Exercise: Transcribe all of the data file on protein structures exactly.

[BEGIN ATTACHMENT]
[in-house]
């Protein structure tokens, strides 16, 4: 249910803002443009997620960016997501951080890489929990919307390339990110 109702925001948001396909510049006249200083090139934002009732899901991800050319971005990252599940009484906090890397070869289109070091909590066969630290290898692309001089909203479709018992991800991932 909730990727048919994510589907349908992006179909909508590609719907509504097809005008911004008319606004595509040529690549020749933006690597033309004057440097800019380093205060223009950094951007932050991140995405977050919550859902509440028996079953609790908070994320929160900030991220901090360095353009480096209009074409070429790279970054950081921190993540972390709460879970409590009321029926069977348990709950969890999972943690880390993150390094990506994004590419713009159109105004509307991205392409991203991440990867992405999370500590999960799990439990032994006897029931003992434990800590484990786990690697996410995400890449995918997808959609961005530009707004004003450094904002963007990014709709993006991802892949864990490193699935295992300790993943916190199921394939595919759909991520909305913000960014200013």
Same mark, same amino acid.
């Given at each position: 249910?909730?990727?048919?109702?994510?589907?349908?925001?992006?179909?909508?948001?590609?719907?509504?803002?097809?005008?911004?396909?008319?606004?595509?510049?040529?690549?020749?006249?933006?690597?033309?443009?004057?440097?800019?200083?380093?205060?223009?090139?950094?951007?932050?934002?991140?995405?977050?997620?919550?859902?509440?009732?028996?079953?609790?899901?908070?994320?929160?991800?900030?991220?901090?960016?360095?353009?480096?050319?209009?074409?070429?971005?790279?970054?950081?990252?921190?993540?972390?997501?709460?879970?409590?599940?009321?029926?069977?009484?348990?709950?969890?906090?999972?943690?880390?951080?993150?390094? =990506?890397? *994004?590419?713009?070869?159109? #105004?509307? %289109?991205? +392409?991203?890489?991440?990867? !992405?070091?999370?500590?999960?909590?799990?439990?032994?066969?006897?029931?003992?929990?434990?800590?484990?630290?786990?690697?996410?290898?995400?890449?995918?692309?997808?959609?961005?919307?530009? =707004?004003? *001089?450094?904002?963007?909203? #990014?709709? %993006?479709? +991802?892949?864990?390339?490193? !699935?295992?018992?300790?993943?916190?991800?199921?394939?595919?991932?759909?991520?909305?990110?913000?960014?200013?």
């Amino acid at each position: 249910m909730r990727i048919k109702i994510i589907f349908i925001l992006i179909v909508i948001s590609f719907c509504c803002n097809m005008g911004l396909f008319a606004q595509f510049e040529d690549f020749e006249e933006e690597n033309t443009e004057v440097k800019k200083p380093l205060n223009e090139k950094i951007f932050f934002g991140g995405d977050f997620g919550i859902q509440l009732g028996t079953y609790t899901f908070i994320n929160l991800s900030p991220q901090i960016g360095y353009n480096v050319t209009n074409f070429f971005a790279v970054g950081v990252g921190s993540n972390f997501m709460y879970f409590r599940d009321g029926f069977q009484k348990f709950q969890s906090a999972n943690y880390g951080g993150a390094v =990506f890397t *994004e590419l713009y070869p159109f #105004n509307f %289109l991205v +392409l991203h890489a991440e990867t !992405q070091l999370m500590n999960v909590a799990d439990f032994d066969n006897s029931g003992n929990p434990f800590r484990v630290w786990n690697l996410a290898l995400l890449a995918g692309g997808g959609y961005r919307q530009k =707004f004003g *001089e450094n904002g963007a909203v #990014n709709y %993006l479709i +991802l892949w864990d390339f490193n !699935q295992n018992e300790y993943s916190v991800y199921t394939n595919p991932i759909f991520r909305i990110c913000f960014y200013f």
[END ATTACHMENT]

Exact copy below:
[in-house]
């Protein structure tokens, strides 16, 4: 249910803002443009997620960016997501951080890489929990919307390339990110 109702925001948001396909510049006249200083090139934002009732899901991800050319971005990252599940009484906090890397070869289109070091909590066969630290290898692309001089909203479709018992991800991932 909730990727048919994510589907349908992006179909909508590609719907509504097809005008911004008319606004595509040529690549020749933006690597033309004057440097800019380093205060223009950094951007932050991140995405977050919550859902509440028996079953609790908070994320929160900030991220901090360095353009480096209009074409070429790279970054950081921190993540972390709460879970409590009321029926069977348990709950969890999972943690880390993150390094990506994004590419713009159109105004509307991205392409991203991440990867992405999370500590999960799990439990032994006897029931003992434990800590484990786990690697996410995400890449995918997808959609961005530009707004004003450094904002963007990014709709993006991802892949864990490193699935295992300790993943916190199921394939595919759909991520909305913000960014200013």
Same mark, same amino acid.
């Given at each position: 249910?909730?990727?048919?109702?994510?589907?349908?925001?992006?179909?909508?948001?590609?719907?509504?803002?097809?005008?911004?396909?008319?606004?595509?510049?040529?690549?020749?006249?933006?690597?033309?443009?004057?440097?800019?200083?380093?205060?223009?090139?950094?951007?932050?934002?991140?995405?977050?997620?919550?859902?509440?009732?028996?079953?609790?899901?908070?994320?929160?991800?900030?991220?901090?960016?360095?353009?480096?050319?209009?074409?070429?971005?790279?970054?950081?990252?921190?993540?972390?997501?709460?879970?409590?599940?009321?029926?069977?009484?348990?709950?969890?906090?999972?943690?880390?951080?993150?390094? =990506?890397? *994004?590419?713009?070869?159109? #105004?509307? %289109?991205? +392409?991203?890489?991440?990867? !992405?070091?999370?500590?999960?909590?799990?439990?032994?066969?006897?029931?003992?929990?434990?800590?484990?630290?786990?690697?996410?290898?995400?890449?995918?692309?997808?959609?961005?919307?530009? =707004?004003? *001089?450094?904002?963007?909203? #990014?709709? %993006?479709? +991802?892949?864990?390339?490193? !699935?295992?018992?300790?993943?916190?991800?199921?394939?595919?991932?759909?991520?909305?990110?913000?960014?200013?």
């Amino acid at each position: 249910m909730r990727i048919k109702i994510i589907f349908i925001l992006i179909v909508i948001s590609f719907c509504c803002n097809m005008g911004l396909f008319a606004q595509f510049e040529d690549f020749e006249e933006e690597n033309t443009e004057v440097k800019k200083p380093l205060n223009e090139k950094i951007f932050f934002g991140g995405d977050f997620g919550i859902q509440l009732g028996t079953y609790t899901f908070i994320n929160l991800s900030p991220q901090i960016g360095y353009n480096v050319t209009n074409f070429f971005a790279v970054g950081v990252g921190s993540n972390f997501m709460y879970f409590r599940d009321g029926f069977q009484k348990f709950q969890s906090a999972n943690y880390g951080g993150a390094v =990506f890397t *994004e590419l713009y070869p159109f #105004n509307f %289109l991205v +392409l991203h890489a991440e990867t !992405q070091l999370m500590n999960v909590a799990d439990f032994d066969n006897s029931g003992n929990p434990f800590r484990v630290w786990n690697l996410a290898l995400l890449a995918g692309g997808g959609y961005r919307q530009k =707004f004003g *001089e450094n904002g963007a909203v #990014n709709y %993006l479709i +991802l892949w864990d390339f490193n !699935q295992n018992e300790y993943s916190v991800y199921t394939n595919p991932i759909f991520r909305i990110c913000f960014y200013f």